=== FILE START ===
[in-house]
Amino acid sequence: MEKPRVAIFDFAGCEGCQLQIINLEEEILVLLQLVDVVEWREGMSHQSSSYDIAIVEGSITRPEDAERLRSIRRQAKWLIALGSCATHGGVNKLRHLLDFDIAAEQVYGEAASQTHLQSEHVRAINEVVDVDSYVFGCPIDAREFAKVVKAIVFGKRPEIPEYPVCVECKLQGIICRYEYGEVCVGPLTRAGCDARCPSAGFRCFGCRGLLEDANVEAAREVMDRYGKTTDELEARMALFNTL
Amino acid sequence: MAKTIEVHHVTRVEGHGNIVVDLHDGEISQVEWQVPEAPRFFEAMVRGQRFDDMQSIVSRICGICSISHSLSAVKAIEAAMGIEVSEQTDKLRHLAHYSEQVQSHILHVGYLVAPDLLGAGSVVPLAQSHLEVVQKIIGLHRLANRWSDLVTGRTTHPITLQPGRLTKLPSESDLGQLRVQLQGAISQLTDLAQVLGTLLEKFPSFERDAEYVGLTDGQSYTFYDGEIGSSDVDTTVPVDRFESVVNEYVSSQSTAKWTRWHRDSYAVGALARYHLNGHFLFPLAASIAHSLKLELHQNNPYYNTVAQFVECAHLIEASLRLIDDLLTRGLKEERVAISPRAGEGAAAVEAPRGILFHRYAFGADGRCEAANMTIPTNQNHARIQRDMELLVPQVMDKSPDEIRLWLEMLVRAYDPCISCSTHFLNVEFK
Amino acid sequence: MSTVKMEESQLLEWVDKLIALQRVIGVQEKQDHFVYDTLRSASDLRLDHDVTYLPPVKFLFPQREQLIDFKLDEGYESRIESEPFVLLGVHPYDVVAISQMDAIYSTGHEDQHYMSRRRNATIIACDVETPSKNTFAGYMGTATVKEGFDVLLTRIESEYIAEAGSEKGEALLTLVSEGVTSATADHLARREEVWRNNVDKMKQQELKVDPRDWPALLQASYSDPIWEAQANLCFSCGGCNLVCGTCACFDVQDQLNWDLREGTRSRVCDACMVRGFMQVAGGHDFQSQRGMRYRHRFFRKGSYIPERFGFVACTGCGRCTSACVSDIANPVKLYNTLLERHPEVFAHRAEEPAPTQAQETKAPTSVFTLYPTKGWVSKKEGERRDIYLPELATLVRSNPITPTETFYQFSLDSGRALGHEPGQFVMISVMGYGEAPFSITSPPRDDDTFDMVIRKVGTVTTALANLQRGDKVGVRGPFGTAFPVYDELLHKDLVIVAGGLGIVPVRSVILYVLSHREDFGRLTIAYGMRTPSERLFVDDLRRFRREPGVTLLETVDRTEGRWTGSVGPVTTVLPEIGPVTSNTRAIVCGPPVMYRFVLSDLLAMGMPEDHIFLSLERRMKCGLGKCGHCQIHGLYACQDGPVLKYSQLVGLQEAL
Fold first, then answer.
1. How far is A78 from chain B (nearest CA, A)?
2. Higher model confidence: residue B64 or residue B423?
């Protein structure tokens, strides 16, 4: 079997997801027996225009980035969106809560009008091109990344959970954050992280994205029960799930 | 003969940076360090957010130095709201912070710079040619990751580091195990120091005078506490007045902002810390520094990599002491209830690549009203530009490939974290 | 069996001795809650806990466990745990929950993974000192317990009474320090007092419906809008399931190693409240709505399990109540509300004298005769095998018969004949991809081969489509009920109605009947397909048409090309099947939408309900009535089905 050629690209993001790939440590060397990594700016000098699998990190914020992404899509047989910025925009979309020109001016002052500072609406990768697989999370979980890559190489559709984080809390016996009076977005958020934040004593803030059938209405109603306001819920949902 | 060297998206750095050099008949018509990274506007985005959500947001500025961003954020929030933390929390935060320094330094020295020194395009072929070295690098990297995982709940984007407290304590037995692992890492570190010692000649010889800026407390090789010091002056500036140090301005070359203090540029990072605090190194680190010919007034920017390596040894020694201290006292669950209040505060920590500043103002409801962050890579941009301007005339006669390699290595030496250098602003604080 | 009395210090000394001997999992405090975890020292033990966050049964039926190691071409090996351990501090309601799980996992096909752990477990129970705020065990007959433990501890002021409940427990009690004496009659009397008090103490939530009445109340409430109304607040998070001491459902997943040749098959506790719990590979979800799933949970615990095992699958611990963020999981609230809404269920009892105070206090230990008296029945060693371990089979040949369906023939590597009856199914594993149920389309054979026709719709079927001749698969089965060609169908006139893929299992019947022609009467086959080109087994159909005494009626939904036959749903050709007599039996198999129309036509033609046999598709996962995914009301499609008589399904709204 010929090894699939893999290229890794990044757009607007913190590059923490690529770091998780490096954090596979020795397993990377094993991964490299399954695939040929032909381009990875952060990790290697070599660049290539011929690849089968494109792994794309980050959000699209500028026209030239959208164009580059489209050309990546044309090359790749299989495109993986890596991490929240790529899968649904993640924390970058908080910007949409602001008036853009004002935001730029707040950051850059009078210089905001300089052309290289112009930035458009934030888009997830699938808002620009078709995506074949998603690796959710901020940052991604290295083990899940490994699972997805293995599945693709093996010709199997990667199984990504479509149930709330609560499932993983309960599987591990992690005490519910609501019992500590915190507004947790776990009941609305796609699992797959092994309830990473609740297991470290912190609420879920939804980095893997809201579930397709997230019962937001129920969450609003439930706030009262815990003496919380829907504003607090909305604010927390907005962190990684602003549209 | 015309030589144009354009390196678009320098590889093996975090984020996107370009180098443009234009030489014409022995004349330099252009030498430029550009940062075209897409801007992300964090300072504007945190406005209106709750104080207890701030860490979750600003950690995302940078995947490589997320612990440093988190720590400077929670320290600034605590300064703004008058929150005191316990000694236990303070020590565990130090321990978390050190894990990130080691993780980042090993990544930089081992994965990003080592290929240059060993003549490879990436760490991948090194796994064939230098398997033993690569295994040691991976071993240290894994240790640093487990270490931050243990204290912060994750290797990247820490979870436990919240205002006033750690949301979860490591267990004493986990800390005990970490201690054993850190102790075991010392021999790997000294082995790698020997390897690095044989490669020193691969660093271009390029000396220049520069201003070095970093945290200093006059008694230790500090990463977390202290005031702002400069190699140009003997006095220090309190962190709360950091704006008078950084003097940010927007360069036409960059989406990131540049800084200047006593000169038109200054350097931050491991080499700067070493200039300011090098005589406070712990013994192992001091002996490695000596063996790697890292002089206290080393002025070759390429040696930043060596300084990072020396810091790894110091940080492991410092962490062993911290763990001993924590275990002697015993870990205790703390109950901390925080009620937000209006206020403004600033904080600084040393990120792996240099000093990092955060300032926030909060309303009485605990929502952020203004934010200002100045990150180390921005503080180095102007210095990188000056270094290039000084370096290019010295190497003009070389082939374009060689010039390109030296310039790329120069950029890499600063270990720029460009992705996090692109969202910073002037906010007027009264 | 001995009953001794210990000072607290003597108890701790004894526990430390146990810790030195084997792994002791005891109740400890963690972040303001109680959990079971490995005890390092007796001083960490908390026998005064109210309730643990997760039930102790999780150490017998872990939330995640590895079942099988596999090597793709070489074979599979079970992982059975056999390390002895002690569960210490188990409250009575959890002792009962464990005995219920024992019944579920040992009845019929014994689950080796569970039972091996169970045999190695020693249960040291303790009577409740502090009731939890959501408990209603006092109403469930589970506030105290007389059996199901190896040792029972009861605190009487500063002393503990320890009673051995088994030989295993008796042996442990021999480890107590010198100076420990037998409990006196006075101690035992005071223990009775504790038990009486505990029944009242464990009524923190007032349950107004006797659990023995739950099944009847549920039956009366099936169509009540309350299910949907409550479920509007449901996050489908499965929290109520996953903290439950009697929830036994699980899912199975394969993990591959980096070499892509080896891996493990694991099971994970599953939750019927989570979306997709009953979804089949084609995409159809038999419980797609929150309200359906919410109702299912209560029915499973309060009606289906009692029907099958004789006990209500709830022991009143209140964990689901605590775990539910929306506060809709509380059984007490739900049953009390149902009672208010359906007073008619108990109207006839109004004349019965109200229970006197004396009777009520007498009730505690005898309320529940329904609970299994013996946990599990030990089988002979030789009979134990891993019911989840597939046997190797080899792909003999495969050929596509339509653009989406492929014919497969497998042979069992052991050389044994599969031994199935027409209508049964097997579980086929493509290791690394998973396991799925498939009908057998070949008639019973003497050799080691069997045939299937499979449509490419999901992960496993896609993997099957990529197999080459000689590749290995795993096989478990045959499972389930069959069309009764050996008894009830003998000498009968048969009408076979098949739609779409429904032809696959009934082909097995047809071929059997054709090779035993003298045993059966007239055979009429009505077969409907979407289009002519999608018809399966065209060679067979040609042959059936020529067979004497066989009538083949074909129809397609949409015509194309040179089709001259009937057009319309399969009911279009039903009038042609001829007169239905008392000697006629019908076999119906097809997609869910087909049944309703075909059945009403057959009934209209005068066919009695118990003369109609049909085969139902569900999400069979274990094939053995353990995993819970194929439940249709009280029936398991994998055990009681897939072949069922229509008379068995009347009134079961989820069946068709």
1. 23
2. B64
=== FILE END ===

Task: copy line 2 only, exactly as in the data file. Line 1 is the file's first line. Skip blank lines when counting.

Amino acid sequence: MEKPRVAIFDFAGCEGCQLQIINLEEEILVLLQLVDVVEWREGMSHQSSSYDIAIVEGSITRPEDAERLRSIRRQAKWLIALGSCATHGGVNKLRHLLDFDIAAEQVYGEAASQTHLQSEHVRAINEVVDVDSYVFGCPIDAREFAKVVKAIVFGKRPEIPEYPVCVECKLQGIICRYEYGEVCVGPLTRAGCDARCPSAGFRCFGCRGLLEDANVEAAREVMDRYGKTTDELEARMALFNTL